There are few things more satisfying than growing your own eggplant. First, there are so many different varieties to choose from, of all different shapes, sizes, and colors.
In early summer, there’s the pleasure of seeing the first flowers on the plants, delicate, purple, promising blooms. And after that, little shiny bulges soon emerge. Watching them grow week by week is a great thrill (at least it’s my kind thrill) especially when you get to ponder for weeks and weeks what you will make with them once they’re ready to harvest.
One of my yearly eggplant ‘must-make’ is pickled eggplant in olive oil (melanzane sott’olio). I make several jars to freeze, and several to gobble up right away! This is a traditional Italian recipe and there are countless ways to make it. I learned how to make it many years ago when I spent a summer working on farms throughout Italy. One of my best friends’ mom also makes a killer version and whenever I’m at his house, I have to poke my nose in his fridge to see if I can find a jar to dip into.
In Italy, each family has their own method that’s been passed down through generations. The herbs used can vary from parsley to basil to mint to oregano (I usually use a mix of parsley and basil). Some people add celery, red peppers, sun-dried tomatoes, capers or olives. The great thing about this recipe is that you can make pretty much any variation and it’s going to be delicious. Like so many old recipes, there are a million different ways to make this one. Don’t get too caught up in the details and feel free to adjust my version to suit your tastes. In the past, I’ve made this using large chunks of eggplant instead of long thin slices, I’ve left the skins on, taken the skins off, I’ve tried many of the different methods for pickling the eggplant including soaking it in pure vinegar overnight instead of cooking it in a blend of vinegar and water. No matter which method I’ve tried, it has always yielded exquisite results. It’s a recipe that you can’t really mess up, and the variations are a matter of personal taste and family tradition.
I like to use thin or smaller-sized eggplants (the long thin Asian varieties work well) because they have fewer seeds and are less bitter. I use apple cider vinegar because that’s what is locally available to me, but feel free to use white vinegar instead.
Be sure to store your pickled eggplant in the fridge and use it within a week or freeze it. (Due to the risk of botulism, storing oil and vegetables at room temperature is not recommended). Pickled eggplant is especially delicious in sandwiches or on toasted bread. Try it as a pizza topping or sliced into a pasta salad. It will add a burst flavor to any dish you add it to.
Pickled Eggplant in Olive Oil
- 4 to 5 medium-small eggplants (about 2 pounds in total)
- 2 Tbsp salt
- 3 Tbsp fresh chopped parsley (you can use 1 Tbsp dry if you don’t have fresh)
- 2 Tbsp fresh chopped basil (you can use 1 Tbsp dry if you don’t have fresh)
- 1/4 cup chopped sweet or hot red pepper (or 1 tsp hot pepper flakes)
- 3 to 4 cloves of garlic, minced
- 1 cup apple cider vinegar (white vinegar is fine)
- 2 cups water
- 1 to 2 cups of extra-virgin olive oil
- Peel the eggplants, cut off the ends, and slice lengthwise into 1/4 inch slices. Cut these slices across, lengthwise again, to obtain long strips the size of skinny fries. Cut them in half if they’re too long.
- Place the slices in a colander with a bowl underneath the catch the liquid. Sprinkle with the salt and mix with your hands, giving your eggplant slices a little massage so they are evenly covered in salt. Allow them to sit for 3 to 4 hours, mixing and squeezing the liquid out with your hands every hour or so. You can also place a weight on top to help get the liquid out (a plate topped with a big bag of flour works well).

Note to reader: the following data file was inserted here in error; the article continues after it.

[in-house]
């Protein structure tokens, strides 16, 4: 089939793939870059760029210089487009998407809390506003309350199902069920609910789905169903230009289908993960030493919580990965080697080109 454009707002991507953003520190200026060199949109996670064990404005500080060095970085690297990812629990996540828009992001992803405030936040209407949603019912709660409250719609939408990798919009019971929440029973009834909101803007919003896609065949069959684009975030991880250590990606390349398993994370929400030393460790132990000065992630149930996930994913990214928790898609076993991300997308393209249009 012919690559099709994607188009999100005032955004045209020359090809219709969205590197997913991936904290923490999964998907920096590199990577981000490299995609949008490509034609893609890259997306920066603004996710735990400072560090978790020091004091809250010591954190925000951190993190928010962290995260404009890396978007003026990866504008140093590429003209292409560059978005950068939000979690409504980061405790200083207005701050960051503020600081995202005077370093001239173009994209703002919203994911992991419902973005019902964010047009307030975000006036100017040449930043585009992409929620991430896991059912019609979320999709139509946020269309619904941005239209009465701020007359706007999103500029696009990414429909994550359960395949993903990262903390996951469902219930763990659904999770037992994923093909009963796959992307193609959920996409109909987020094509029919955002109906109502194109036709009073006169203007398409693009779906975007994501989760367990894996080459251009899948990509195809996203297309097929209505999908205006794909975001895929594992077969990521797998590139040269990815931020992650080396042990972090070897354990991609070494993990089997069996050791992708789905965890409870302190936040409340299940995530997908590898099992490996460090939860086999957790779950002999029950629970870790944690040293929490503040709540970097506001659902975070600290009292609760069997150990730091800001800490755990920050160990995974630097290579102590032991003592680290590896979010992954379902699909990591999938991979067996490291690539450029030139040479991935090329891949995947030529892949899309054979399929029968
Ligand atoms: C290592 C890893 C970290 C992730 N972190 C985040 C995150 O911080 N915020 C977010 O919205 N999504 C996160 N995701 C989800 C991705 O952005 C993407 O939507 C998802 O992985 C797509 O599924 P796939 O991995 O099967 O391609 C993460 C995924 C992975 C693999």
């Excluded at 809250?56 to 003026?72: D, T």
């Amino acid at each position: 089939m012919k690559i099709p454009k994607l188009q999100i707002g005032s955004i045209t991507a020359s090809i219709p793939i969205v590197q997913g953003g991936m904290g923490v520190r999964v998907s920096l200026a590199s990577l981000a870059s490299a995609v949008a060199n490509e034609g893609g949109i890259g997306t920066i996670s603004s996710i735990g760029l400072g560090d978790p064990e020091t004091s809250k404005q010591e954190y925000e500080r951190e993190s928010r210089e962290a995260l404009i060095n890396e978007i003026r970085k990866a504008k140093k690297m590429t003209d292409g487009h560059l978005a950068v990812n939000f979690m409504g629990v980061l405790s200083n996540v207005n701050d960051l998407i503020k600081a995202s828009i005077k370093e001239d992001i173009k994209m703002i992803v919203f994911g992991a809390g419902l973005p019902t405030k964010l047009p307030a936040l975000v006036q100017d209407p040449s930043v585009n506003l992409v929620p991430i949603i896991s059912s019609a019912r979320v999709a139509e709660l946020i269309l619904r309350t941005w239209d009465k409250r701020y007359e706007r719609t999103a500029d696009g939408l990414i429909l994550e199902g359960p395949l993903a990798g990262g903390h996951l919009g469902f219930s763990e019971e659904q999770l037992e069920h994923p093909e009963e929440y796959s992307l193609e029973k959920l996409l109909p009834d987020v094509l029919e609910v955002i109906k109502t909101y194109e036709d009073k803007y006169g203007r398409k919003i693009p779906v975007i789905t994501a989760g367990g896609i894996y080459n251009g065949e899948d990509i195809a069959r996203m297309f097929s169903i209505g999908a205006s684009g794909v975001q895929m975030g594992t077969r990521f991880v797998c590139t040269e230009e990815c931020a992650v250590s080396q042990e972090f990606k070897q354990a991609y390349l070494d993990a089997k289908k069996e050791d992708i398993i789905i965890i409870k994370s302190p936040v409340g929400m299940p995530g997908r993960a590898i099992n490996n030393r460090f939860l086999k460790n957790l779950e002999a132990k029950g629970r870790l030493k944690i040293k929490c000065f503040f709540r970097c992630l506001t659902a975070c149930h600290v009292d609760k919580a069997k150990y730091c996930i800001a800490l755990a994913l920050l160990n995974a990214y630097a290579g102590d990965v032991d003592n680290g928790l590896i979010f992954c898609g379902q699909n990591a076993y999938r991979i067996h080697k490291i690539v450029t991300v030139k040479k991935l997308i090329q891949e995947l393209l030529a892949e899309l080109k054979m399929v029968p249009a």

- After 3 to 4 hours, rinse the slices well with tap water and drain. Squeeze as much liquid out of the eggplant slices as you can, using your hands. Place the squeezed eggplant aside.
- Bring the vinegar and water to a boil. Place the eggplant slices in the boiling mixture and boil for about 2 1/2 minutes. Do not leave in the boiling water longer than 3 minutes or the eggplant will be mushy. It should still have some bite to it. After about 2 1/2 minutes, remove the eggplant from the liquid and drain. Once they are cool enough to handle, squeeze out any excess liquid with your hands again (you can also leave the slices to dry for a few minutes on a clean towel, wrapping them in the towel to press some of the liquid out). They don’t have to be fully dry but they shouldn’t be dripping wet.
- Stuff the eggplant into clean jars, alternating in layers with the chopped parsley and basil, chopped red pepper, and minced garlic. Press down so that everything is well packed. Pour olive oil into the jar until all the ingredients are covered. Press down with a spoon to remove any air bubbles in the jar. Add extra olive if needed, leaving about 3/4 inch of space at the top. Wipe the rims and close the jars. Keep in the fridge for up to 1 week, or freeze.
- Serve on fresh toasted bread or add to any sandwiches. Pickled eggplant is great in pasta salads.
Tips/TechniquesNote: Pickled eggplant in oil should not be stored at room temperature due to the risk of botulism when garlic and vegetables are added to oil. Storing in the fridge for up to one week or freezing is recommended.
Yield: 1-2 pints
Aube Giroux is a food writer and filmmaker who shares her love of cooking on her farm-to-table blog, Kitchen Vignettes.
Aube is a passionate organic gardener and home cook who likes to share the stories of how food gets to our dinner plates. Her work has been shown on television and at international film festivals. Her web series has been nominated for multiple James Beard Awards for Best Video Webcast (On Location). In 2012, she was the recipient of Saveur Magazine’s Best Food Blog award in the video category.